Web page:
Preventing a Second Heart Attack
If you've had a heart attack, you're at risk of another. Here's what you can do to lower that risk.
If you've had a heart attack, you probably have coronary artery disease. This is the buildup of fatty deposits called plaque in your blood vessels. The good news is that you can prevent new fatty buildup in your coronary arteries and decrease your risk of another heart attack.
Adopting healthier eating habits can help to heal your heart and protect it from future trouble. It can also help you control your weight and prevent or control diabetes.
Today's heart-healthy diet isn't the bland, low-fat, high-carbohydrate diet you've probably been hearing about for years. Not all fats are bad for the heart. Some are actually good for it. And not all carbohydrates are good for your heart, your waistline or the rest of you.
Eating right isn't just about calories. What you eat is important, even if you don't need to lose weight.
A healthy diet:
- Contains healthy fats. Once you've cut way back on saturated fats and avoided trans fats (the unhealthy fats), you can start adding healthy fats to your diet. Healthy fats are polyunsaturated and monounsaturated.
- Contains healthy sources of carbohydrates. Eat more whole grains — foods such as whole-wheat bread, brown rice and oatmeal — to help lower cholesterol, improve blood sugar and insulin levels, control weight, protect the heart, guard against diabetes and keep your digestive system healthy.
- Relies on healthy sources of protein. For a healthier heart, cut back on red meat and switch to fish. Why? The good fats in many types of fish protect the heart against erratic rhythms, prevent blood clots, and reduce blood pressure. The American Heart Association now recommends that people with heart disease eat fish once a day (and possibly take fish-oil supplements). Beans, nuts and seeds are also excellent sources of protein.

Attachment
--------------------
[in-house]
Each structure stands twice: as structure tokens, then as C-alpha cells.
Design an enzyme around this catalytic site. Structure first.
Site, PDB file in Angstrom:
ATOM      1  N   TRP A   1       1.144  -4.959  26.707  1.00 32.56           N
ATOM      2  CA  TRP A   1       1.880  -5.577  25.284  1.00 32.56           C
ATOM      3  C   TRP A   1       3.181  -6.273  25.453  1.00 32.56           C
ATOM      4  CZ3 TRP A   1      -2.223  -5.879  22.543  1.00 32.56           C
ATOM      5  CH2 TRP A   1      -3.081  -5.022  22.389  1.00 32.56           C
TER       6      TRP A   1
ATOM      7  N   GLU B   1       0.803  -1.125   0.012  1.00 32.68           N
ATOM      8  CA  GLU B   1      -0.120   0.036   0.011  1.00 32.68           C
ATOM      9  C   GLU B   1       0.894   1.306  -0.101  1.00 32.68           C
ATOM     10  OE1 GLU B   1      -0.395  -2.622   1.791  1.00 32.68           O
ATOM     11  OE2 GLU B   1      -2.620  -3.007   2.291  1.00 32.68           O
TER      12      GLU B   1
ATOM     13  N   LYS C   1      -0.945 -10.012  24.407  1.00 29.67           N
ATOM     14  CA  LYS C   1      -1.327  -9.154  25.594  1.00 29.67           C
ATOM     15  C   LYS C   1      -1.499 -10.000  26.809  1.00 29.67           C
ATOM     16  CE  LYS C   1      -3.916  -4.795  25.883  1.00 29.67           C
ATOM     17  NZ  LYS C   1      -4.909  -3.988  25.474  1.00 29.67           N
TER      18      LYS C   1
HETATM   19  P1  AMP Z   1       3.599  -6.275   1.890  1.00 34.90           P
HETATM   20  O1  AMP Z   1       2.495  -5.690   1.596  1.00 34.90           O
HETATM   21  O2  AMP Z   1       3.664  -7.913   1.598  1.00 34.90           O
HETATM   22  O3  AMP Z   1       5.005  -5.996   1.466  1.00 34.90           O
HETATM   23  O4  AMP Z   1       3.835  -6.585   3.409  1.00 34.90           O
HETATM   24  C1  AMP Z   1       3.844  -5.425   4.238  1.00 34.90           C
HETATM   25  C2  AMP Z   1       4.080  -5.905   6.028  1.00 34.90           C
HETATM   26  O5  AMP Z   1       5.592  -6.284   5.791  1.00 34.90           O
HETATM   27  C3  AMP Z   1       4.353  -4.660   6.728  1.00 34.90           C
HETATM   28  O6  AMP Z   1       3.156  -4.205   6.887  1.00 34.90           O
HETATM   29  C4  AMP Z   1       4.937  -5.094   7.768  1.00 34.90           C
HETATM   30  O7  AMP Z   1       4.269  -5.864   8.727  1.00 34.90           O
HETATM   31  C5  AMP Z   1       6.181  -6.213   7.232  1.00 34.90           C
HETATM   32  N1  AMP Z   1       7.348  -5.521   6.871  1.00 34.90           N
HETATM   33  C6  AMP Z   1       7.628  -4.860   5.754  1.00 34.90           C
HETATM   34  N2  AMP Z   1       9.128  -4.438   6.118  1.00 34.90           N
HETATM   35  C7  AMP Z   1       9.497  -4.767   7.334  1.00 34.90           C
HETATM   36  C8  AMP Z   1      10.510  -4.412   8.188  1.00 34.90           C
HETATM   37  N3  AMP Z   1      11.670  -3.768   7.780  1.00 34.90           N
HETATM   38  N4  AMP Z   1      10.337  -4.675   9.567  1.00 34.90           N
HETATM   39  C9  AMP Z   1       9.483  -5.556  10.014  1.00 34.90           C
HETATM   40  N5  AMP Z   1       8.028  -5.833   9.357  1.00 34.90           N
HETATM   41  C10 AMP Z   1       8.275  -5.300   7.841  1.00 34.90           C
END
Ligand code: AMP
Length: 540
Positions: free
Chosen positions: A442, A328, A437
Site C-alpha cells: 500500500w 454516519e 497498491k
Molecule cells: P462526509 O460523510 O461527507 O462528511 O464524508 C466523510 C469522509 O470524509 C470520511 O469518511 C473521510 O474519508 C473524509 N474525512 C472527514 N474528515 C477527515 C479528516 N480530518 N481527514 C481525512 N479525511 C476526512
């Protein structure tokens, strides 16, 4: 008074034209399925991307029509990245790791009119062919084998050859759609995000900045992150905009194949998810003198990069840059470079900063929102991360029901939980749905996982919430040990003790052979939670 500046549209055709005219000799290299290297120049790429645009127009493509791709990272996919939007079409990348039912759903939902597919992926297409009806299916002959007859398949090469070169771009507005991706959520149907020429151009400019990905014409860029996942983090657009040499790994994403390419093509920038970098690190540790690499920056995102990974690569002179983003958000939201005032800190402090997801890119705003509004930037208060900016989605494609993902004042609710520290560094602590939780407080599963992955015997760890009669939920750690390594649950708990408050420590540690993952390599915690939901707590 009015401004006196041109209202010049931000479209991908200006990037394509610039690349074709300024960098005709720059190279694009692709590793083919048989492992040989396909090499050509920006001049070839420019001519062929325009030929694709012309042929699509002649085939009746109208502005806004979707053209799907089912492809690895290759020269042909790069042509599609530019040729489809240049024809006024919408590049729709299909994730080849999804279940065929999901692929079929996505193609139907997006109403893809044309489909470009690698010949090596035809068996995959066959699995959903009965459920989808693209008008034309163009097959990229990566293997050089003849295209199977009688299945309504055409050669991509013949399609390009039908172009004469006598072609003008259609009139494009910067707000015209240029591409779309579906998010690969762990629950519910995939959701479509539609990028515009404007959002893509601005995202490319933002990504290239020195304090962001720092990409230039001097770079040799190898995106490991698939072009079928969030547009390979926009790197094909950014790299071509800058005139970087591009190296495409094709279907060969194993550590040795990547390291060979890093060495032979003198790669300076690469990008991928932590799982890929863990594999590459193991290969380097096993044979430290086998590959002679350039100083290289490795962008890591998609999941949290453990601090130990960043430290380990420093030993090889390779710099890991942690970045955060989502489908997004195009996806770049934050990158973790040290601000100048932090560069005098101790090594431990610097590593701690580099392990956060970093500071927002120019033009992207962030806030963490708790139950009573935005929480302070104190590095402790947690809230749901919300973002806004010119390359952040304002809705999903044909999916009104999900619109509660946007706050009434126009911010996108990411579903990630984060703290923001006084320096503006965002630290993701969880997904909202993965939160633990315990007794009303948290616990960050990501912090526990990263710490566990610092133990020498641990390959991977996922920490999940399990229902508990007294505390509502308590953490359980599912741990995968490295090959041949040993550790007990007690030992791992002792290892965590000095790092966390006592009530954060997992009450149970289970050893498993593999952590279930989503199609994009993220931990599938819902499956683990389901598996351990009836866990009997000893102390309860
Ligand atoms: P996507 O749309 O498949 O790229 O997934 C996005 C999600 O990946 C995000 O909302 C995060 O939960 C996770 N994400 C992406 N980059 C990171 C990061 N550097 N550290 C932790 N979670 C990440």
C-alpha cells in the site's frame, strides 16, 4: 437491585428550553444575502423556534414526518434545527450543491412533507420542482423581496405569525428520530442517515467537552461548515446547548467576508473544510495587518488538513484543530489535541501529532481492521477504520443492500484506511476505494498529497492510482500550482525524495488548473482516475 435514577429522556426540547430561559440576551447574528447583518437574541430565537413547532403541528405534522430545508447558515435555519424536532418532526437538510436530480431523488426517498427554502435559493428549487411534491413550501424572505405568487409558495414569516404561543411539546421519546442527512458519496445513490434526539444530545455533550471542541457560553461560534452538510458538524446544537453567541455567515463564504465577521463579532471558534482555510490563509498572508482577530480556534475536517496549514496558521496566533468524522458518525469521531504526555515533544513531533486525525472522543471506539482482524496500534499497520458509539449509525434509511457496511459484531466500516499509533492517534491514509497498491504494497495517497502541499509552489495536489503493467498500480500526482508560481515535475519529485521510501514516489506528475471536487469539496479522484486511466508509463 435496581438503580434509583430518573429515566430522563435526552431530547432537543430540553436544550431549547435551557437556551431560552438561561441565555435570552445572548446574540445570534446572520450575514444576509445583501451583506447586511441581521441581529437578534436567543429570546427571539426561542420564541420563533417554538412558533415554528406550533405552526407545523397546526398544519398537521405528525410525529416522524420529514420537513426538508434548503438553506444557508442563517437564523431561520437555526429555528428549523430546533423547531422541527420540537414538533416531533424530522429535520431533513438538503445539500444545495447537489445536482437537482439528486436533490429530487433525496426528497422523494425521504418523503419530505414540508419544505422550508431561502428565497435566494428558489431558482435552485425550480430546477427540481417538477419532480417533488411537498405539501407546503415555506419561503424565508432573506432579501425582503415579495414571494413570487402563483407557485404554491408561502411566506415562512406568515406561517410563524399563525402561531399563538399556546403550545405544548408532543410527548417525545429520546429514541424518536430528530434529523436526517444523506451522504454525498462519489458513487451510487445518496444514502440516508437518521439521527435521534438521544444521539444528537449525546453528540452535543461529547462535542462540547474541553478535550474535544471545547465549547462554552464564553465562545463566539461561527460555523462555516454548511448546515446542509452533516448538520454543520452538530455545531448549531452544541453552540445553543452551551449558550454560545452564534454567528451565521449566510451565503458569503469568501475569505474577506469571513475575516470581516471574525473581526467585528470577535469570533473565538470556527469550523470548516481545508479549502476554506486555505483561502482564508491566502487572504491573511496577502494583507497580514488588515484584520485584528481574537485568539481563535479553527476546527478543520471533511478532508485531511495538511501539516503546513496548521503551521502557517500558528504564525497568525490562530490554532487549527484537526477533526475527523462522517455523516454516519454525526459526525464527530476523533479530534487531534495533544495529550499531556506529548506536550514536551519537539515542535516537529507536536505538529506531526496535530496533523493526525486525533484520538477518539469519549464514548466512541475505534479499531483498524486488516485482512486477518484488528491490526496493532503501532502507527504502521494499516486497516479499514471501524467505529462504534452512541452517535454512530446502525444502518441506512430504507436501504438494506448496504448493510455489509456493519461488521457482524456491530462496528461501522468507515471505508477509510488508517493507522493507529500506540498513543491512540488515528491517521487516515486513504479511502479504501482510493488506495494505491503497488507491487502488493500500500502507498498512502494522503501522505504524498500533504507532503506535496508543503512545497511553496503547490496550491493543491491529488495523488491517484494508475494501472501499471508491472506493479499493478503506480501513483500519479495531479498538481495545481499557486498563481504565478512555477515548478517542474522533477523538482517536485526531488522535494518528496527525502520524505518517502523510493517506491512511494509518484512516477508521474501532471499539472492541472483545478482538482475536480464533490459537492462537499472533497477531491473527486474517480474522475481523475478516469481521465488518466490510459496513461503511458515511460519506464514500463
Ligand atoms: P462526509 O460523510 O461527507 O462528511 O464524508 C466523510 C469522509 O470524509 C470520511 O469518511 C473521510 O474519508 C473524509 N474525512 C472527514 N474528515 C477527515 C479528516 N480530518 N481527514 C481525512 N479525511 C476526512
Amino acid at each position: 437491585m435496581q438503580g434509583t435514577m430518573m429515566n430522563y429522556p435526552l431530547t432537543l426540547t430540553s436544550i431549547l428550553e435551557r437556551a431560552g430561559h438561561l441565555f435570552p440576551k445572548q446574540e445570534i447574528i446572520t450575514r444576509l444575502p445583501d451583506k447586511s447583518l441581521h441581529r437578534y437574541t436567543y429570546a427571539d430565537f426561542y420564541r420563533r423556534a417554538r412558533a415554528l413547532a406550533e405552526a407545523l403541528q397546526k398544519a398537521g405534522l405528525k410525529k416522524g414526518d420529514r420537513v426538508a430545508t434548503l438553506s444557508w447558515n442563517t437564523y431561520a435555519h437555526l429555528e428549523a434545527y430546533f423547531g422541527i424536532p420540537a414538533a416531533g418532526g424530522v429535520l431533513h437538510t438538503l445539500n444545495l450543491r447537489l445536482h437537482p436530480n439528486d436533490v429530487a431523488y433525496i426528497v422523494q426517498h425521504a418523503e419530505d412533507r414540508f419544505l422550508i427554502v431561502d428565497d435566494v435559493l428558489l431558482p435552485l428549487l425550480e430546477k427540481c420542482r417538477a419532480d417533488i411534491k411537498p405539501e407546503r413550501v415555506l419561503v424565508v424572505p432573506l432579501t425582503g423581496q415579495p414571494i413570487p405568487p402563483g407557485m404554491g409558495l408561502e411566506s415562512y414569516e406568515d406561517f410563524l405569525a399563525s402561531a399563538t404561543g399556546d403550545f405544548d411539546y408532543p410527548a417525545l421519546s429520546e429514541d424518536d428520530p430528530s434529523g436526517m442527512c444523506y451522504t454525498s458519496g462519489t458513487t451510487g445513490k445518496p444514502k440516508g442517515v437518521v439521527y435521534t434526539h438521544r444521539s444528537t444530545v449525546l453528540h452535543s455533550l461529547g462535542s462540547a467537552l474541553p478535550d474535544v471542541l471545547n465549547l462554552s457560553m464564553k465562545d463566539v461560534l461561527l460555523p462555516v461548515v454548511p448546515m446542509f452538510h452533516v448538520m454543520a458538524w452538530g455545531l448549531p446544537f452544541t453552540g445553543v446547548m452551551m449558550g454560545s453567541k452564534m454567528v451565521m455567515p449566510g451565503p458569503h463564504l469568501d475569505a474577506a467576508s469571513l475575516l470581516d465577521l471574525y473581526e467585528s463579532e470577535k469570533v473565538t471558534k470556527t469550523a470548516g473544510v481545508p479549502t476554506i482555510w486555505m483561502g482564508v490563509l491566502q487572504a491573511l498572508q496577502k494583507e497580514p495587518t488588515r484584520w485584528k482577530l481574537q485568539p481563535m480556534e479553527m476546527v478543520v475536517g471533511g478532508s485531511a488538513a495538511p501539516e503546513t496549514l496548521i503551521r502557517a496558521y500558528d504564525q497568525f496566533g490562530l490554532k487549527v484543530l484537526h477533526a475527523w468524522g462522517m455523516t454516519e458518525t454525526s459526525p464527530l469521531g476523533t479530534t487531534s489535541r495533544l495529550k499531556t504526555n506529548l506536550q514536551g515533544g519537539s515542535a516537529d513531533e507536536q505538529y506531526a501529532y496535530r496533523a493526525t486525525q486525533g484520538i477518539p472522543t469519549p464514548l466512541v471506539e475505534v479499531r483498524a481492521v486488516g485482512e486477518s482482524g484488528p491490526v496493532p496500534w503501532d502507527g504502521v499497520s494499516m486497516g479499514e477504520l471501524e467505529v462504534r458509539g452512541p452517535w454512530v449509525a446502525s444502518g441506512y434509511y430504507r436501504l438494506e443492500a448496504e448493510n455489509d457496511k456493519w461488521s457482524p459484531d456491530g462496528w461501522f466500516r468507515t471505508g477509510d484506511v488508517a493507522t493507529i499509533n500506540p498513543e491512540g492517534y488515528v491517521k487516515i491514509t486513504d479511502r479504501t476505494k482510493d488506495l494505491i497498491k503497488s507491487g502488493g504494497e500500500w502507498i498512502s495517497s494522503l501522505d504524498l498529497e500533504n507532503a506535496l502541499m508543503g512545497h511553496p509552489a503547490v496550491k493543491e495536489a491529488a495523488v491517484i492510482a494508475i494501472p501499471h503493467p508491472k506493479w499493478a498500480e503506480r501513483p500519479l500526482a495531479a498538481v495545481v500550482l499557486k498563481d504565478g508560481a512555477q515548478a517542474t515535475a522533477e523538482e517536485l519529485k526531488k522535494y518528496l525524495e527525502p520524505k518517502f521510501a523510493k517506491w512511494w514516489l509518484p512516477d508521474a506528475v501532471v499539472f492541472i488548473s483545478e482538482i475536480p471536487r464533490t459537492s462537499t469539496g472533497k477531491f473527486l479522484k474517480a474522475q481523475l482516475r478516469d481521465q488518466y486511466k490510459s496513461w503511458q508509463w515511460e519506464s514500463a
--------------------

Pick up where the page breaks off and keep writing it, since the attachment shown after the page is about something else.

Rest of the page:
- Includes plenty of fruits, vegetables and whole grains. These foods have more powerful effects on your health than most pills.
- Tastes great. If it doesn't, you probably won't stick with it for long.
Maintain a Healthy Weight
No one likes to be called "overweight" or "obese." It suggests that you don't have any willpower. In fact, recent scientific discoveries show that genes play an important role in becoming overweight. While you can't do anything about your genes, you can control your weight through a combination of diet and exercise. Certain medications also may help, although they cannot do the job by themselves, and may have side effects.
If you are overweight, you are not alone. Approximately half of the adults (and a growing number of children) in the United States are overweight. But there is a difference between you and most of those people: You have heart disease, and most of them do not. That makes weight control all the more important for you.
The one-two punch for a healthy weight is, not surprisingly, a good diet and regular exercise.